This chapter addresses the question whether a definite article can co-occur with an adnominal demonstrative in the same noun phrase. This is not possible in English (*this the book) or French (*le ce livre-là), but in many other languages, it is possible, e.g.
In such constructions, the definite article does not add any information; thus, in Spanish the alternative construction ese hombre (with prenominal demonstrative and without the definite article) has the same meaning. But as noun phrases modified by a demonstrative are usually regarded as definite, the option of including a definite article is not surprising. On the other hand, since they cannot be indefinite, it is also not surprising that many languages are like English and French and dispense with the definite article in the presence of a demonstrative.
The basic contrast is thus between constructions like (1)-(2) with co-occurrence (value 1) and constructions like those of English with no co-occurrence of demonstrative and definite article (value 2). Both are well-represented in our data. But in addition, there are cases where the definite article is identical to a demonstrative (see Chapter 28 on definite articles) so that the issue of co-occurrence does not arise (value 3). Finally, in some languages there is no definite article at all, and these, too, are irrelevant here (value 4). Note that all languages have demonstratives (Diessel 1999: 1).
|Demonstrative identical to definite article||18||1||19|
|No definite article exists||19||0||19|
Thirteen languages only have constructions with co-occurrence of demonstrative and definite article, and another 7 languages have this as one possibility (value 1). Among the European-based languages, this option is found mostly in those that have a new definite article that is not derived from the lexifier. For example, in several French-based languages there is a new postposed definite article (l)a, which may combine with a demonstrative:
However, in one Spanish-based language, both the Spanish demonstrative and the article have survived (though the construction shows a different order than that in (1)):
In the other Surinamese creoles, the postposed demonstrative is derived from a spatial adverb ‘there’; the same pattern is found in Papiamentu:
Of the 19 languages in which non-cooccurrence (i.e. complementary distribution) of demonstrative and definite article is the only option, 15 are English-based languages which are relatively close to English, almost all of them from the Atlantic region. In these languages the non-co-occurrence pattern was inherited from English, alongside the demonstratives and definite article:
Non-co-occurrence occurs sporadically elsewhere, e.g. in the mixed language Gurindji Kriol, which has the English/Kriol-derived definite article thet and Gurindji-derived demonstratives; the two do not cooccur (e.g. nyawa ngumpit [this man], dat warlaku [the dog]).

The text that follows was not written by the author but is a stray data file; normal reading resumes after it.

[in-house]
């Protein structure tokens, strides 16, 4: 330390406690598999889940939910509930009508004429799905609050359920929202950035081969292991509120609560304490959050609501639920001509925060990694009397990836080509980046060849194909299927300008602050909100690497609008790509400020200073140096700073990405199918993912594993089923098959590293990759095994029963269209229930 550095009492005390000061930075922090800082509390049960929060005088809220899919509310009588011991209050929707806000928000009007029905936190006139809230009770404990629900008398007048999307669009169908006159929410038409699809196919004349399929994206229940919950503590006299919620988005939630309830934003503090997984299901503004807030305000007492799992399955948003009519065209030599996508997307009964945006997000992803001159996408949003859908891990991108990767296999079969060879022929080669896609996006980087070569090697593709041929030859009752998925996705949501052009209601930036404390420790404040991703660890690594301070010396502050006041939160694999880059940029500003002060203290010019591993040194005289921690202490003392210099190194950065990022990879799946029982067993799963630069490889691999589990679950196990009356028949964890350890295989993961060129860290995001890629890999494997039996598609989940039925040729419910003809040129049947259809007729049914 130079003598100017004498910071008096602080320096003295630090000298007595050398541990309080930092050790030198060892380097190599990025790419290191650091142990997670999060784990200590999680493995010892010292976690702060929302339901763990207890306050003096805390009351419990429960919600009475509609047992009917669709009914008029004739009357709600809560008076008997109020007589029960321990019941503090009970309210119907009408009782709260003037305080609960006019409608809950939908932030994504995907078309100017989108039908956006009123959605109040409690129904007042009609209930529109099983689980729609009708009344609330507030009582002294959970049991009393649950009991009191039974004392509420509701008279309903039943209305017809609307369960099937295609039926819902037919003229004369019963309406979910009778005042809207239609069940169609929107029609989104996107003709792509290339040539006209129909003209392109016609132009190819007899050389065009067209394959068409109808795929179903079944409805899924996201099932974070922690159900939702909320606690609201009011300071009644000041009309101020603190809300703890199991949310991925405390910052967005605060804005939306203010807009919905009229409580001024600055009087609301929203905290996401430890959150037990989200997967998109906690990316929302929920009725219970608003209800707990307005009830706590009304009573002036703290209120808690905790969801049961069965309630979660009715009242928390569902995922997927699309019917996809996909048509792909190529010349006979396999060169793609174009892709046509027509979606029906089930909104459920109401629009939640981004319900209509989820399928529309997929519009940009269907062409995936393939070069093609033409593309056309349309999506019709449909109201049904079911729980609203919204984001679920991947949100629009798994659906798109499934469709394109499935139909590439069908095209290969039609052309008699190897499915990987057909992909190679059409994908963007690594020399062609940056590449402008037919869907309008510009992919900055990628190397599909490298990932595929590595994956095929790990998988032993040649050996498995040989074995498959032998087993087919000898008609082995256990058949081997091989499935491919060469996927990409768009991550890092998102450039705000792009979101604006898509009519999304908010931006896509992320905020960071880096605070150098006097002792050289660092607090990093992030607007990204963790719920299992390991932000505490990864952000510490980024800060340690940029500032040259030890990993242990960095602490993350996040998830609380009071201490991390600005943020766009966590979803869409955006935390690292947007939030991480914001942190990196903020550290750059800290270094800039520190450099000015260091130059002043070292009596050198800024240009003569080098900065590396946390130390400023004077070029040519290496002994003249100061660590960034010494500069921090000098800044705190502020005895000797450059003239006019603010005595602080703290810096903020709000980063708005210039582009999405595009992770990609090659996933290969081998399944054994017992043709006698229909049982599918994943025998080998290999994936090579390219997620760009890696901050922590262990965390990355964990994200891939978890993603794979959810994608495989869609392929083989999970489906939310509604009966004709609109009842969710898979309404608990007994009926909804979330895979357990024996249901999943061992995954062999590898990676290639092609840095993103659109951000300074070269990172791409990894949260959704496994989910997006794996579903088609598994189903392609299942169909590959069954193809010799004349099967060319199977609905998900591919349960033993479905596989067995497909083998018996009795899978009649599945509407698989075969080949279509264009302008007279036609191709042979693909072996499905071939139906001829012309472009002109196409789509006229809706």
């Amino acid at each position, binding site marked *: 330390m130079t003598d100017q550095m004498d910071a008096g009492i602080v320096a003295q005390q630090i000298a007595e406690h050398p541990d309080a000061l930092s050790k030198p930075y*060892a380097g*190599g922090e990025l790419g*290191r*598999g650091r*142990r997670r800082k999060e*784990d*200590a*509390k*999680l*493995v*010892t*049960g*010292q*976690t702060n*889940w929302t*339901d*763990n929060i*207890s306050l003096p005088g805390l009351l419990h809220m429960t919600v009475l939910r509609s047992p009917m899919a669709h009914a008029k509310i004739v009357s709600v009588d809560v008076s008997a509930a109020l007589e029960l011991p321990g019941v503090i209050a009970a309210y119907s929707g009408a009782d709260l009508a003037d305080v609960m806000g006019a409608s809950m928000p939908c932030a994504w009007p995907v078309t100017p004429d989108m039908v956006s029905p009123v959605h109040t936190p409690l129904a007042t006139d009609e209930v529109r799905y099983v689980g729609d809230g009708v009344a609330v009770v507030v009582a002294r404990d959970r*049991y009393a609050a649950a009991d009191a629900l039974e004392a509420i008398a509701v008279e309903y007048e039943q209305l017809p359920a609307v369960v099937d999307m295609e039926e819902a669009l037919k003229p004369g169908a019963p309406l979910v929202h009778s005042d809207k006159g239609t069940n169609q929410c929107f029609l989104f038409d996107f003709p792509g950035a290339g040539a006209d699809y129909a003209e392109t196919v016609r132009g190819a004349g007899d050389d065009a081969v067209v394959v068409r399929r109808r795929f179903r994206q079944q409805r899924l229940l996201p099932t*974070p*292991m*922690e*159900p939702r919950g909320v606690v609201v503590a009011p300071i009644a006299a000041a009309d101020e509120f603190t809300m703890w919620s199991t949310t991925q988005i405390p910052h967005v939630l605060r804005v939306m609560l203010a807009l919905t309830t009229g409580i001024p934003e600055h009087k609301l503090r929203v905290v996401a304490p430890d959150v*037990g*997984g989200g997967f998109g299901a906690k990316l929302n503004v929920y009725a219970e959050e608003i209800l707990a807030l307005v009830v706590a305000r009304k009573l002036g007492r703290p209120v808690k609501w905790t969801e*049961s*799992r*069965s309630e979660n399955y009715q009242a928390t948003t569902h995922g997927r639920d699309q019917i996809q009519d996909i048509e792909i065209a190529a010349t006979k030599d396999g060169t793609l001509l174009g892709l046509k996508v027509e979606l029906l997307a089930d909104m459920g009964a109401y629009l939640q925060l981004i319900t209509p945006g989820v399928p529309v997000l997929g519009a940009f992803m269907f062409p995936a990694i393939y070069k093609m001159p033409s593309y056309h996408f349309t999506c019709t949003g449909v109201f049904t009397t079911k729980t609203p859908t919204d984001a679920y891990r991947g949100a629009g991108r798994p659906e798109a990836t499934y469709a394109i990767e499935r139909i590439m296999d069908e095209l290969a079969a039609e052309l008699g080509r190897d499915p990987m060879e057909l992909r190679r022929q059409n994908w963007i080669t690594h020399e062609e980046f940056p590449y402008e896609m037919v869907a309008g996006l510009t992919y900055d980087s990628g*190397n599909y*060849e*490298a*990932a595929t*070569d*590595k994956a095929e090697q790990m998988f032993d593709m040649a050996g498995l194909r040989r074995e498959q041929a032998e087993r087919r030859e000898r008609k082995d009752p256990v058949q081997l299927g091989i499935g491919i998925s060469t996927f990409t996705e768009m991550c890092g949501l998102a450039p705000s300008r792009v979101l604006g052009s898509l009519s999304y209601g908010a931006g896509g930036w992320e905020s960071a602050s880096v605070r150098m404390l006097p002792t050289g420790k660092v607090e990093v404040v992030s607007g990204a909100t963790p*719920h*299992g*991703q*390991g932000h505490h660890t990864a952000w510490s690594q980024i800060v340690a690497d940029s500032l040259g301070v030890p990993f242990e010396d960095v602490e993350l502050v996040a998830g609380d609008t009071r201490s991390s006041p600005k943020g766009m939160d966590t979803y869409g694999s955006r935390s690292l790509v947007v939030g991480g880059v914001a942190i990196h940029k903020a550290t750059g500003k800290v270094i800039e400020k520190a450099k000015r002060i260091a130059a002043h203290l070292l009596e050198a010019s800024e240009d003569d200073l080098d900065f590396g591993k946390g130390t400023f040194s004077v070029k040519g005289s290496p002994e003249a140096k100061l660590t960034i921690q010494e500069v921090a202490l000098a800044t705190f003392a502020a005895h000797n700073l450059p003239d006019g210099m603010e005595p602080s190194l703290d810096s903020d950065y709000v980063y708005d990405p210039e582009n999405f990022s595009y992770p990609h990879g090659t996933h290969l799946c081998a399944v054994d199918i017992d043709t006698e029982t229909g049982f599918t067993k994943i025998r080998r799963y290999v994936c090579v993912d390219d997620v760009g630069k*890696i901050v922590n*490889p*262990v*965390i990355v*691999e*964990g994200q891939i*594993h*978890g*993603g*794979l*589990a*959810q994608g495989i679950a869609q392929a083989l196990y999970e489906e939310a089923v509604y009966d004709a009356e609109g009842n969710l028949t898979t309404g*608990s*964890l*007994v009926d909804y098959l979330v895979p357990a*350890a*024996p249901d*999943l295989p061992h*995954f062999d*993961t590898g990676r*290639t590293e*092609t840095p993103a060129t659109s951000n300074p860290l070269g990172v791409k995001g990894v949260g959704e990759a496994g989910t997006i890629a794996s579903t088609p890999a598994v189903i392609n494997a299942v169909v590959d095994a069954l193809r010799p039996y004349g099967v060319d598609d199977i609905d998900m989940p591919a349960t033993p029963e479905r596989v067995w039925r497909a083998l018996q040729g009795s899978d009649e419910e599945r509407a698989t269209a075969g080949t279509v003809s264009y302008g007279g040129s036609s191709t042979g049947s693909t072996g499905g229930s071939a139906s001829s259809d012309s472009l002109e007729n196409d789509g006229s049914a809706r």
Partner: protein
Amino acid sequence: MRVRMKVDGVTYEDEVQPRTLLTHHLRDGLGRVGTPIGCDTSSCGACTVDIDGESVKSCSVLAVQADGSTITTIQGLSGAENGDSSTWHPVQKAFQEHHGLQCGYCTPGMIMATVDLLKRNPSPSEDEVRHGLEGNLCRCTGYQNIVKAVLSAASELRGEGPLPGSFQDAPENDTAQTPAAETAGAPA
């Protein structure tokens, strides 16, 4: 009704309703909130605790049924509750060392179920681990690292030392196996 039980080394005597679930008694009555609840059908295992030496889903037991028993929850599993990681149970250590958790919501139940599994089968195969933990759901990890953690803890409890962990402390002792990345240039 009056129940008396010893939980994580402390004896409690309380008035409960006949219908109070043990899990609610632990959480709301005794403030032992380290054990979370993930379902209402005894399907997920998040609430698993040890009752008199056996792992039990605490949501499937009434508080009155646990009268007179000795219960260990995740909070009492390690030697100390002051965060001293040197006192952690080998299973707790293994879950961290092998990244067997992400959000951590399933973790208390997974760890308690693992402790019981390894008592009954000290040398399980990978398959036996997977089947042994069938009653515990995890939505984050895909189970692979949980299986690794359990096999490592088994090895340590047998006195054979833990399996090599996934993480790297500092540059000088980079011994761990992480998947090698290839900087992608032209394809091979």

As we saw in Chapter 28 on definite articles, nineteen languages have a definite article that is identical to a demonstrative. All these languages have value 3 in this feature. Some examples are given in (8), with some possible translations.
Some of the examples given for these languages include a postposed spatial adverbial, so that the construction becomes similar to that of (6a-c). However, in the examples in (6) the spatial adverbial is required for a demonstrative sense, whereas here it could be omitted and the meaning could still be demonstrative.
Nineteen languages have no definite article. These are irrelevant here, as they are for Feature 9 (on definite-article order) and Feature 28 (on the presence and nature of definite articles).
A number of languages allow several different options, because they have several different constructions of demonstratives, like Spanish, which allows both co-occurrence (in ex. 1) and non-co-occurrence (in the construction ese hombre ‘that man’).
In Belizean Creole, the demonstratives dis/dat precede the noun and cannot cooccur with the definite article, but the plural demonstrative dem follows the noun and cooccurs:
|a.||dat ki [that caye] 'that caye'|
|b.||di ki dem [the cayes those] 'those cayes'|
Similarly, in Early Sranan the postnominal, but not the prenominal demonstratives cooccur with the definite article:
|a.||disi pranasi ['this plantation']|
|b.||dem pikin dissi ['the children these']|
In Louisiana Creole, the (postnominal) demonstrative sala cooccurs with a prenominal definite article under certain conditions (e.g. obligatorily when the noun is plural and animate):
|a.||dons sala [dance that] 'that dance'|
|b.||le moun sala [the.PL people that] 'those people'|
In Early Sranan, the definite article (da, dem/den) that can co-occur with a postnominal demonstrative can also be used as a demonstrative by itself (e.g. den dirkture ‘those managers’), so this language has value 3 in addition to 1 and 2.